Cablegate: South Africa Economic Newsletter

This record is a partial extract of the original cable. The full text of the original cable is not available.




E.O. 12958: N/A

1. Summary. Each week, AMEmbassy Pretoria publishes an
economic newsletter based on South African press reports.
Comments and analysis do not necessarily reflect the
opinion of the U.S. Government. Topics of this week's
newsletter are:
- Gross Domestic Product Revised Upwards;
- October Trade Deficit Widens;
- October Money Supply Increased 15.7 Percent;
- Business Confidence Increases to 23-Year Peak;
- Gauteng's Development Strategy Faces Challenge of
Uneven Economic Expansion;
- Draft Black Economic Empowerment Targets for Tourism
Industry Released; and
- Internet Use in South Africa.
End Summary.


2. On November 30, Stats SA released revised statistics
for gross domestic product revealing mainly higher growth
during the 2000-2004 time period. The annual real GDP
growth rates from 2000 to 2003 are now 4.2, 2.7, 3.6 and
2.8 percent respectively compared to previous growth
estimates of 3.5, 2.7, 3.6 and 1.9 percent. The average
annual real GDP growth rate for the period 2000-2003 rose
to 3 percent, compared to a pre-revision growth of 2.7
percent; while for the period 1997-2003, the average
annual real growth rates increased from 2.4 percent to 2.7
percent. The nominal GDP estimate for 2000 is 3.8 percent
higher than the previous estimate. The largest revision
(3.9 percent) occurred in 2002 and the smallest (0.5
percent) was in 1998. Growth in 2004 has been steadily
increasing, indicating that the impact of interest rate
cuts outweighed the relatively weak global demand growth
and the strong rand. Growth in the third quarter 2004 was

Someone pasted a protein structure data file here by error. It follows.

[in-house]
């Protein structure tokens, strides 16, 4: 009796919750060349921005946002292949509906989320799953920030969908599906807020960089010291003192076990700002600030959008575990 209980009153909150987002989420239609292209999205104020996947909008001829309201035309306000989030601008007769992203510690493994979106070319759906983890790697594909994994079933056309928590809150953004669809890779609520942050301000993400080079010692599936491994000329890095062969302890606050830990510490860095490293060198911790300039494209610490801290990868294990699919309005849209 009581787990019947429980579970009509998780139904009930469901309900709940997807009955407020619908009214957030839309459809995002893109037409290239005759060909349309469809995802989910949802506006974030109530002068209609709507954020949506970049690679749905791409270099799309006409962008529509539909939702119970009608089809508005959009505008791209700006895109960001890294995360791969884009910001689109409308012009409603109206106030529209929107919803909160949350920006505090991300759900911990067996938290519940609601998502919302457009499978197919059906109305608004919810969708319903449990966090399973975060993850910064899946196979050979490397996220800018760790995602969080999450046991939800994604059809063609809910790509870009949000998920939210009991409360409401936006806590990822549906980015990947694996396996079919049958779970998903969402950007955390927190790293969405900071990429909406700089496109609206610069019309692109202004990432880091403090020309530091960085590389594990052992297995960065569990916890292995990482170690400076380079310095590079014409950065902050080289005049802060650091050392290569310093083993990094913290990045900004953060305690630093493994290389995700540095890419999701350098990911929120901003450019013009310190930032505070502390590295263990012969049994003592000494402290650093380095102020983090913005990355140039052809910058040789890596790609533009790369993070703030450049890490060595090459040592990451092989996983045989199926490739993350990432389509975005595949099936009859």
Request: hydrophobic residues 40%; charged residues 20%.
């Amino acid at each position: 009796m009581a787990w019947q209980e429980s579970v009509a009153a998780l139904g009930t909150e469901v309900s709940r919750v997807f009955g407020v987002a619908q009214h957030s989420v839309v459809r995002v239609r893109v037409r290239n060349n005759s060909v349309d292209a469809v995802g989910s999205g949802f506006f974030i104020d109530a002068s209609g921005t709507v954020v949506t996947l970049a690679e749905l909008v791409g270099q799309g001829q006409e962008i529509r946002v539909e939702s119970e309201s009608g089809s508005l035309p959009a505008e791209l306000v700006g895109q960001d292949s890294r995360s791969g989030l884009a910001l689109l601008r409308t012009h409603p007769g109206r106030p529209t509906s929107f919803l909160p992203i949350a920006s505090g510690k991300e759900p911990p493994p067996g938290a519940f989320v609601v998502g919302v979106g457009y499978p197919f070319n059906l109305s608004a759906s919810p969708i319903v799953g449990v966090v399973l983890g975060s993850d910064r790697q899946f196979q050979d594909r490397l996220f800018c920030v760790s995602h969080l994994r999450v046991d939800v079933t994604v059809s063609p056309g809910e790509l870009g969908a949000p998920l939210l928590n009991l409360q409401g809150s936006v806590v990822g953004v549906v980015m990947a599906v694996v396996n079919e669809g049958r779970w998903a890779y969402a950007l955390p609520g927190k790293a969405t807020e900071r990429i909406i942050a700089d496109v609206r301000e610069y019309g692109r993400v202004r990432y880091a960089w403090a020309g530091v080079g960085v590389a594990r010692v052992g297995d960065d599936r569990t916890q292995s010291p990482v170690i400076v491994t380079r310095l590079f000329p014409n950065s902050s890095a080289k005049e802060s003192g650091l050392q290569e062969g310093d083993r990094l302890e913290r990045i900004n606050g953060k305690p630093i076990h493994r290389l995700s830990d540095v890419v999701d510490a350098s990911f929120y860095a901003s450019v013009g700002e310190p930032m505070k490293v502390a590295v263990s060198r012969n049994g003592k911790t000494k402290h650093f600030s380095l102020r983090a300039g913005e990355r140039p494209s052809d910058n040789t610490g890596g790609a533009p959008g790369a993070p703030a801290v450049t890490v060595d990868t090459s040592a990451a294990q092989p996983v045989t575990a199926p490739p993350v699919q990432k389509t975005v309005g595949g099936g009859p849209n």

5.6 percent, compared to the first and second quarter's
growth of 3.8 and 4.5 percent respectively. In the third
quarter, growth of agriculture (relative size 2.6 percent
of GDP), construction (relative size 2.5 percent),
transport and communication (relative size 9.9 percent),
manufacturing (relative size 16.4 percent), and finance
and real estate (relative size 18.5 percent) sectors
showed 14.7, 10.3, 6.7, 6.3, and 5.5 percent growth
respectively, contributing the most to real GDP growth.
Economic growth in the first nine months of 2004 was 3.4
percent higher than the corresponding period in 2003,
indicating that 2004 growth will be higher than the pre-
revision market expectations of 3 percent. The revised
higher growth rates should contribute to higher business
confidence and possible additional credit upgrades;
however, many analysts question whether the South African
Reserve Bank will lower interest rates at the December
meeting in the face of increased demand. Source:
Business Day, Business Report, December 1; Standard Bank,
GDP Alert, Investec GDP Update, Stats SA Release P0441,
November 30.

3. Comment. For the seventh time, Stats SA has revised
the national income accounts by updating data sources,
incorporating new methodologies, including new areas of
economic activities, and changing the base period to adopt
weights that more clearly reflect current economic
conditions. Typically, rebasing occurs every five years,
and Stats SA has shifted the base year to 2000 from 1995.
Particularly important to this revision is data from new
sources, such as the development of a new business
register that is based on the South African Revenue
Service's VAT database. The change in contribution to
gross value added between the 1995 and 2000 benchmark
years show that finance, real estate and business services
increased from 18.1 percent to 20.1 percent, while general
government's contribution decreased from 17.3 percent to
14.7 percent. The revisions also result in GDP per capita